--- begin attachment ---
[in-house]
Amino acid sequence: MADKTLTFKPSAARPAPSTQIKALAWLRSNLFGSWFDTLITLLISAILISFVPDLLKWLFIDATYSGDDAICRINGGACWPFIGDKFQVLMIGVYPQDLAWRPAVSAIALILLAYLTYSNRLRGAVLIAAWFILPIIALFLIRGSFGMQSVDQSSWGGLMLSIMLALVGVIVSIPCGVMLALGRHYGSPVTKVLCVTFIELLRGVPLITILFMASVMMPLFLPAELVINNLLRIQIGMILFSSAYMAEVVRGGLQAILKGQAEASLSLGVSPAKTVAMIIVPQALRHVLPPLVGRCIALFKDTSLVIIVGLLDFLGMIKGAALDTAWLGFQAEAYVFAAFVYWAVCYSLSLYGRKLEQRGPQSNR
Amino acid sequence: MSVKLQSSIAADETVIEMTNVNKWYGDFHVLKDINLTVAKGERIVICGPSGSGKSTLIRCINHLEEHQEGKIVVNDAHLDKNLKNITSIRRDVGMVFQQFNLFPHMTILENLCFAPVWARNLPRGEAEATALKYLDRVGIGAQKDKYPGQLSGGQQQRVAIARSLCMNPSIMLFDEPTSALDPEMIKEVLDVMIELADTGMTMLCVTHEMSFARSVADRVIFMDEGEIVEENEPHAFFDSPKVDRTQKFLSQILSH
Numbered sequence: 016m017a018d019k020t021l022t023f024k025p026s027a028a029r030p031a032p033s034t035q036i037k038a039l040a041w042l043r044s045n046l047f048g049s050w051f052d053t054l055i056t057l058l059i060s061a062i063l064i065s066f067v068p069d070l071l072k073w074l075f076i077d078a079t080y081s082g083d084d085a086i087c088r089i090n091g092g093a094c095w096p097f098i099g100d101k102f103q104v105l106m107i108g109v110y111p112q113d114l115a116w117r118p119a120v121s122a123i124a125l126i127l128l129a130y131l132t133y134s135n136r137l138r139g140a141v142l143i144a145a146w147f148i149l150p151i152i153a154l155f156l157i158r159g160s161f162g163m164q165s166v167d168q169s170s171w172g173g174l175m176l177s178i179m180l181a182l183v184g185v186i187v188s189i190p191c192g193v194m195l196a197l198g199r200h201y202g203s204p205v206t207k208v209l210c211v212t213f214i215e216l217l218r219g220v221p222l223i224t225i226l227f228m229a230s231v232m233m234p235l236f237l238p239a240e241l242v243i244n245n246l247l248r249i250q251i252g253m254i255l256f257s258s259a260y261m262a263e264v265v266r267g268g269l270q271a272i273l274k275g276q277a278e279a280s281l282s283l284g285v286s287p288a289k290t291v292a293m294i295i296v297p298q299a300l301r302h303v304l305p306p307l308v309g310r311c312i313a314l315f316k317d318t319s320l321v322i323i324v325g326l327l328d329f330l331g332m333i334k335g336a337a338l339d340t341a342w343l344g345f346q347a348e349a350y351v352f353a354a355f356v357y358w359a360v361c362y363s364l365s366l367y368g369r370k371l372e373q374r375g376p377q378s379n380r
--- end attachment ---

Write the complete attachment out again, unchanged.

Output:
[in-house]
Amino acid sequence: MADKTLTFKPSAARPAPSTQIKALAWLRSNLFGSWFDTLITLLISAILISFVPDLLKWLFIDATYSGDDAICRINGGACWPFIGDKFQVLMIGVYPQDLAWRPAVSAIALILLAYLTYSNRLRGAVLIAAWFILPIIALFLIRGSFGMQSVDQSSWGGLMLSIMLALVGVIVSIPCGVMLALGRHYGSPVTKVLCVTFIELLRGVPLITILFMASVMMPLFLPAELVINNLLRIQIGMILFSSAYMAEVVRGGLQAILKGQAEASLSLGVSPAKTVAMIIVPQALRHVLPPLVGRCIALFKDTSLVIIVGLLDFLGMIKGAALDTAWLGFQAEAYVFAAFVYWAVCYSLSLYGRKLEQRGPQSNR
Amino acid sequence: MSVKLQSSIAADETVIEMTNVNKWYGDFHVLKDINLTVAKGERIVICGPSGSGKSTLIRCINHLEEHQEGKIVVNDAHLDKNLKNITSIRRDVGMVFQQFNLFPHMTILENLCFAPVWARNLPRGEAEATALKYLDRVGIGAQKDKYPGQLSGGQQQRVAIARSLCMNPSIMLFDEPTSALDPEMIKEVLDVMIELADTGMTMLCVTHEMSFARSVADRVIFMDEGEIVEENEPHAFFDSPKVDRTQKFLSQILSH
Numbered sequence: 016m017a018d019k020t021l022t023f024k025p026s027a028a029r030p031a032p033s034t035q036i037k038a039l040a041w042l043r044s045n046l047f048g049s050w051f052d053t054l055i056t057l058l059i060s061a062i063l064i065s066f067v068p069d070l071l072k073w074l075f076i077d078a079t080y081s082g083d084d085a086i087c088r089i090n091g092g093a094c095w096p097f098i099g100d101k102f103q104v105l106m107i108g109v110y111p112q113d114l115a116w117r118p119a120v121s122a123i124a125l126i127l128l129a130y131l132t133y134s135n136r137l138r139g140a141v142l143i144a145a146w147f148i149l150p151i152i153a154l155f156l157i158r159g160s161f162g163m164q165s166v167d168q169s170s171w172g173g174l175m176l177s178i179m180l181a182l183v184g185v186i187v188s189i190p191c192g193v194m195l196a197l198g199r200h201y202g203s204p205v206t207k208v209l210c211v212t213f214i215e216l217l218r219g220v221p222l223i224t225i226l227f228m229a230s231v232m233m234p235l236f237l238p239a240e241l242v243i244n245n246l247l248r249i250q251i252g253m254i255l256f257s258s259a260y261m262a263e264v265v266r267g268g269l270q271a272i273l274k275g276q277a278e279a280s281l282s283l284g285v286s287p288a289k290t291v292a293m294i295i296v297p298q299a300l301r302h303v304l305p306p307l308v309g310r311c312i313a314l315f316k317d318t319s320l321v322i323i324v325g326l327l328d329f330l331g332m333i334k335g336a337a338l339d340t341a342w343l344g345f346q347a348e349a350y351v352f353a354a355f356v357y358w359a360v361c362y363s364l365s366l367y368g369r370k371l372e373q374r375g376p377q378s379n380r